Vic is in his early thirties. He has a beautiful wife, solid finances, no children to worry about, an enjoyable and rewarding job and even a cat that likes him. He also likes to play golf with his friends, but has never been more than a mediocre player. All of this changes when a stray golf ball hits him in the head and forever alters the perception of his marriage, his finances, and his golf game. He realizes his marriage is wretched, he wants a different house, but most importantly, his golf game has improved dramatically because of some otherworldly advice he received while in a coma.
Difficult Lies by Christopher Werkman has a title with many double entendres. There are the lies he tells his wife, his neighbor, his friends at work, his dates; there are lots of golf games with difficult shots and even more difficult opponents, but the real story is about the lies he tells himself. While he excels at golf, it only points out to him how much he has missed in other ways.
The story’s plot is well woven, always having a sense of where it is going. The protagonist is believable, regretfully; he seems to have taken very little opportunity to measure himself against anything meaningful and carries a lot of emotional baggage. The prose is well written and an easy read. Werkman puts you into Vic’s head the whole time. Vic is not a particularly clear thinker, and the book sometimes drags a bit as Vic’s thoughts continually cover the same ground without any resolve. I found myself skimming pages of repetitive ruminations to arrive at the next bit of development. The characters are well drawn, mostly likeable; I could easily picture them and enjoy Vic’s interactions. Vic does seem a little juvenile at times, and the book could have been a lot shorter. Even so, I enjoyed reading it and was cheering for Vic to make some sense of his life by the end.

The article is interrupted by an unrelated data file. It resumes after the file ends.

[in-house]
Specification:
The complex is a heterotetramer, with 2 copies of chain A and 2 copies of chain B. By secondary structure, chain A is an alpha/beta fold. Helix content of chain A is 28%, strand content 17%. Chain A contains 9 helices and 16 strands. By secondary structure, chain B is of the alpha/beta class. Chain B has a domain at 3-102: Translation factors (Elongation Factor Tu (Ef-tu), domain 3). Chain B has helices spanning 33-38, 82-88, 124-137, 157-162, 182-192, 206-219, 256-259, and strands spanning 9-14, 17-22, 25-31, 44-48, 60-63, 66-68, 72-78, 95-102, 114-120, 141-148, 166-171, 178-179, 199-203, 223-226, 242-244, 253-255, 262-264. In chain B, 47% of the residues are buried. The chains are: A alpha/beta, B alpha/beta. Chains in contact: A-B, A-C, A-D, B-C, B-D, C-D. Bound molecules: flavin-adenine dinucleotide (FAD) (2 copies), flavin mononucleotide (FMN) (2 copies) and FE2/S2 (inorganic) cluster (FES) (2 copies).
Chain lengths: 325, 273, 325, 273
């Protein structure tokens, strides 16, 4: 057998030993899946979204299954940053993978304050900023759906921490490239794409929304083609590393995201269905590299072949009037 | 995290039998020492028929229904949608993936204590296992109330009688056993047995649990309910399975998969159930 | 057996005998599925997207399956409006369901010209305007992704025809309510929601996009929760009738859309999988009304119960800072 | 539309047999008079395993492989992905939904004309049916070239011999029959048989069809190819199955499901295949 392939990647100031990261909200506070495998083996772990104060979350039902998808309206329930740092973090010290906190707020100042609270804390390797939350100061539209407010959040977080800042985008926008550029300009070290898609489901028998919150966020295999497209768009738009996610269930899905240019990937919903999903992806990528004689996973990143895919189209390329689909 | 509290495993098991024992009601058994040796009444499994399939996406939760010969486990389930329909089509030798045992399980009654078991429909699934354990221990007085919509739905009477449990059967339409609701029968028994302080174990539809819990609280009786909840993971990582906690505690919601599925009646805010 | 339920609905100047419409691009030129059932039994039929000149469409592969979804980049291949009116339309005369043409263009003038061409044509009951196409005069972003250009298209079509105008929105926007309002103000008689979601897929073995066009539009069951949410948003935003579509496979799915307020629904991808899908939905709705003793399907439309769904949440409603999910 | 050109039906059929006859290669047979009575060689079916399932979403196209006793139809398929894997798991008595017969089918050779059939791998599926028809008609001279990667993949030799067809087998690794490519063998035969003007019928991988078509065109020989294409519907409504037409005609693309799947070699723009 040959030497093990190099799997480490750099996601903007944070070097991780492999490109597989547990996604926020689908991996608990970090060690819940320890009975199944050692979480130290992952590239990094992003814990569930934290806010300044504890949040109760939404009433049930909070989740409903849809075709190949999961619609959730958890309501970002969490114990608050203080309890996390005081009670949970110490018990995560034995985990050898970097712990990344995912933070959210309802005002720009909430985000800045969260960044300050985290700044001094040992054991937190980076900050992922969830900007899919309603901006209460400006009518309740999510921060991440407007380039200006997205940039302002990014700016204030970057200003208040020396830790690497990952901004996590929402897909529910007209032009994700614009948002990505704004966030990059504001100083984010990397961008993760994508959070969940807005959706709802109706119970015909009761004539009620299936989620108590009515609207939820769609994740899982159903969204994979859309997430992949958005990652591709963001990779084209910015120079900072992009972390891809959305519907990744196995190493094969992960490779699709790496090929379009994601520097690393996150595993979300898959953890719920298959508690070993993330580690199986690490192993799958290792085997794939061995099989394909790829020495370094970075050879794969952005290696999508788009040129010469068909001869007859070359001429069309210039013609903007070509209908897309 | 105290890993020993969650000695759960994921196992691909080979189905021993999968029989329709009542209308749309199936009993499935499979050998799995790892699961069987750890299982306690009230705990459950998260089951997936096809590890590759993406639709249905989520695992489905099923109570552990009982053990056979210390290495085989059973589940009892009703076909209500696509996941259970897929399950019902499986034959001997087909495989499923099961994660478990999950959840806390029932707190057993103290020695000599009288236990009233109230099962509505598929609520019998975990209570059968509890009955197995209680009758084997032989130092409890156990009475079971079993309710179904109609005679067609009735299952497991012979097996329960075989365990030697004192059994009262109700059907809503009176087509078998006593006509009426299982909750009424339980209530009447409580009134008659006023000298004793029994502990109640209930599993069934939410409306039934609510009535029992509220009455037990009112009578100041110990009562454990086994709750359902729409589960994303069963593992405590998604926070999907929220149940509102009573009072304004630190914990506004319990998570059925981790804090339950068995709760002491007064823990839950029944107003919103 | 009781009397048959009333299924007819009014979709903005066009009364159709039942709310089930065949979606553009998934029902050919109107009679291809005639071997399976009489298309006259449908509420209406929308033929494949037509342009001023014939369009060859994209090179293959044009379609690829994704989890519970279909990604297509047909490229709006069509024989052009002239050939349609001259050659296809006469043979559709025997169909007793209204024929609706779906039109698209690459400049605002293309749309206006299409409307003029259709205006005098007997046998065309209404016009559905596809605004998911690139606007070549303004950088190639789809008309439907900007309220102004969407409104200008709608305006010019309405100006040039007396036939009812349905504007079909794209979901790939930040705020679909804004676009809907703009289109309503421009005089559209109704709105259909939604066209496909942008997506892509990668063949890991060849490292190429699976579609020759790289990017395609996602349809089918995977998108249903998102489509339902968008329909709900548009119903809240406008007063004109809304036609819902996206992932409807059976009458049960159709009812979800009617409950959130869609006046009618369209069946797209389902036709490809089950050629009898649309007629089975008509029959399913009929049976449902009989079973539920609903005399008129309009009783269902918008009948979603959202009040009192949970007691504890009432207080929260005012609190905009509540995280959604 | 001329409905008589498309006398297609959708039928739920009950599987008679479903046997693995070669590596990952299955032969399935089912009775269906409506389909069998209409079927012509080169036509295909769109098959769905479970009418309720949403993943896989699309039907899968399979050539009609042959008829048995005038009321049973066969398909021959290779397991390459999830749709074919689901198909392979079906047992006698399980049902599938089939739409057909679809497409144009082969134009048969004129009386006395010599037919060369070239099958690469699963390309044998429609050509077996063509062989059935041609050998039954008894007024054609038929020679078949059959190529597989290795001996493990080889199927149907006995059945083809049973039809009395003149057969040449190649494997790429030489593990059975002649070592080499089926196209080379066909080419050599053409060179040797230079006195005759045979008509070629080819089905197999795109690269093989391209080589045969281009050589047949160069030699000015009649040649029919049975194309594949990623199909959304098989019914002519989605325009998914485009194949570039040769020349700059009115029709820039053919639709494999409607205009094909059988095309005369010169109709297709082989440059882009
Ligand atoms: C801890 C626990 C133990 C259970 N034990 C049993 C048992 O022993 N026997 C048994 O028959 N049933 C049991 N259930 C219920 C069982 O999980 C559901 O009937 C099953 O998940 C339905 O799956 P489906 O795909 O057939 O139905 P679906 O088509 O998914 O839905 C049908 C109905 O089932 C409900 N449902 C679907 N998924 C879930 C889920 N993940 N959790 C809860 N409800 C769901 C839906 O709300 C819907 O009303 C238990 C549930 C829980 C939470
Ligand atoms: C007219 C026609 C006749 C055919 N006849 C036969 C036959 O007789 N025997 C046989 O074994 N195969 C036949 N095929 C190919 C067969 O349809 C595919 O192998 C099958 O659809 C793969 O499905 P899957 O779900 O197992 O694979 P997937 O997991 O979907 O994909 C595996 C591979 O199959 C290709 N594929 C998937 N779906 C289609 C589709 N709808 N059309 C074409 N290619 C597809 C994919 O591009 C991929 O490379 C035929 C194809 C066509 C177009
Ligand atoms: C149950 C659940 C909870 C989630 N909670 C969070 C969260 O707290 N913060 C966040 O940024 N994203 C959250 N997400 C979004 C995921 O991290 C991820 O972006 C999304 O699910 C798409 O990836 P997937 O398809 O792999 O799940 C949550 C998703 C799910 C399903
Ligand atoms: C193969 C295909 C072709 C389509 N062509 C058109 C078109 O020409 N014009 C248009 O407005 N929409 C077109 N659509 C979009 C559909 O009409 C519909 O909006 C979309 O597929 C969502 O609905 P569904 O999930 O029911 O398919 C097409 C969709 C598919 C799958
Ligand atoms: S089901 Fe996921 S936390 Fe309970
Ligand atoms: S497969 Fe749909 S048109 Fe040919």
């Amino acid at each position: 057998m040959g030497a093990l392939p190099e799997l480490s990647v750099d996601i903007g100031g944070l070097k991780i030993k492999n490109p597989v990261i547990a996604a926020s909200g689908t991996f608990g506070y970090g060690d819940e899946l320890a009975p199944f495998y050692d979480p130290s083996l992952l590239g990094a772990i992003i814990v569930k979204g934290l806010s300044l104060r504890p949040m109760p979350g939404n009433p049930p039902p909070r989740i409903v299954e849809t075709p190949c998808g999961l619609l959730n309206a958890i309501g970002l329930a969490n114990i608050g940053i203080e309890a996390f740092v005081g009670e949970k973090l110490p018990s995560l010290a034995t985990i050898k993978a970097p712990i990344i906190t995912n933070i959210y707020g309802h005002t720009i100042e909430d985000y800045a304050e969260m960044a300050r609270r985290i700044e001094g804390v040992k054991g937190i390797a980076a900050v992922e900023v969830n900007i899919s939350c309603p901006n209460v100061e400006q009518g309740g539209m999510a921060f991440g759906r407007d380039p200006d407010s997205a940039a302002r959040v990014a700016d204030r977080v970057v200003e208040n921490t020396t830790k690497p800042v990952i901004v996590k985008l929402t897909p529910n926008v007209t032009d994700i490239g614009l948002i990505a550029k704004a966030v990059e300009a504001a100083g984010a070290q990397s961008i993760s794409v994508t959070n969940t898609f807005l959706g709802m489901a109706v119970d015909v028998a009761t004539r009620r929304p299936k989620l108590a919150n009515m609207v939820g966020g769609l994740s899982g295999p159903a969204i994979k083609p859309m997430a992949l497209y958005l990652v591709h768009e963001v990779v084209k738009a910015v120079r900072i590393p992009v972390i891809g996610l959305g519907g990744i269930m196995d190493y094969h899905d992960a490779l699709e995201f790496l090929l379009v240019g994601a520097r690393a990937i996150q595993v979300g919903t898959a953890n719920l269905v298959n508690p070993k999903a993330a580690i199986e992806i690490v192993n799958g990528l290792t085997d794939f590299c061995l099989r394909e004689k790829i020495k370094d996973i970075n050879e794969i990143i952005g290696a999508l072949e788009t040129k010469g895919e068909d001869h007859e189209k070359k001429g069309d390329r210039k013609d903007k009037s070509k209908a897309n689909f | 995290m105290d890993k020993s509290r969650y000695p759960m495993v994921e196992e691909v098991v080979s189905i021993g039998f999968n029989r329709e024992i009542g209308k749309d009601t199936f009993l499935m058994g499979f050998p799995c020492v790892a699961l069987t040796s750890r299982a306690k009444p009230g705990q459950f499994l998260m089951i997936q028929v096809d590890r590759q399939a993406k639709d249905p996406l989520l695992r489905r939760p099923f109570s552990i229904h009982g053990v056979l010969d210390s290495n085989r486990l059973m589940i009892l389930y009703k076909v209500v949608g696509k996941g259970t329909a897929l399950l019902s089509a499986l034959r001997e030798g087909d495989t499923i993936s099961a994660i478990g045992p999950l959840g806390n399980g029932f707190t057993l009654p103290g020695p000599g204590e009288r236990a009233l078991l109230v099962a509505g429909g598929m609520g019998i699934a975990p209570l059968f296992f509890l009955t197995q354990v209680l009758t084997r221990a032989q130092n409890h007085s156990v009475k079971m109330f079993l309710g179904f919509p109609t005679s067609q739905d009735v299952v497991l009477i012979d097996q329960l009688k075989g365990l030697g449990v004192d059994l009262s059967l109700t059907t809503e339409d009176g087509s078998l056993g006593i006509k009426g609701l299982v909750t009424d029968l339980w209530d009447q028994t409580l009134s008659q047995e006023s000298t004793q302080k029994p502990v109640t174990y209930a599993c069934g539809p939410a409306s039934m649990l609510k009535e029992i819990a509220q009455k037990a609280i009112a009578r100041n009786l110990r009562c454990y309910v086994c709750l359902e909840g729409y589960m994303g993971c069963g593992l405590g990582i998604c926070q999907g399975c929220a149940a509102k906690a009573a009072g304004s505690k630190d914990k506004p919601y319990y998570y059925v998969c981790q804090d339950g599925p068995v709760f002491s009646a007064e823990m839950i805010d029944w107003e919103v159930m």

|Rogue Phoenix Press
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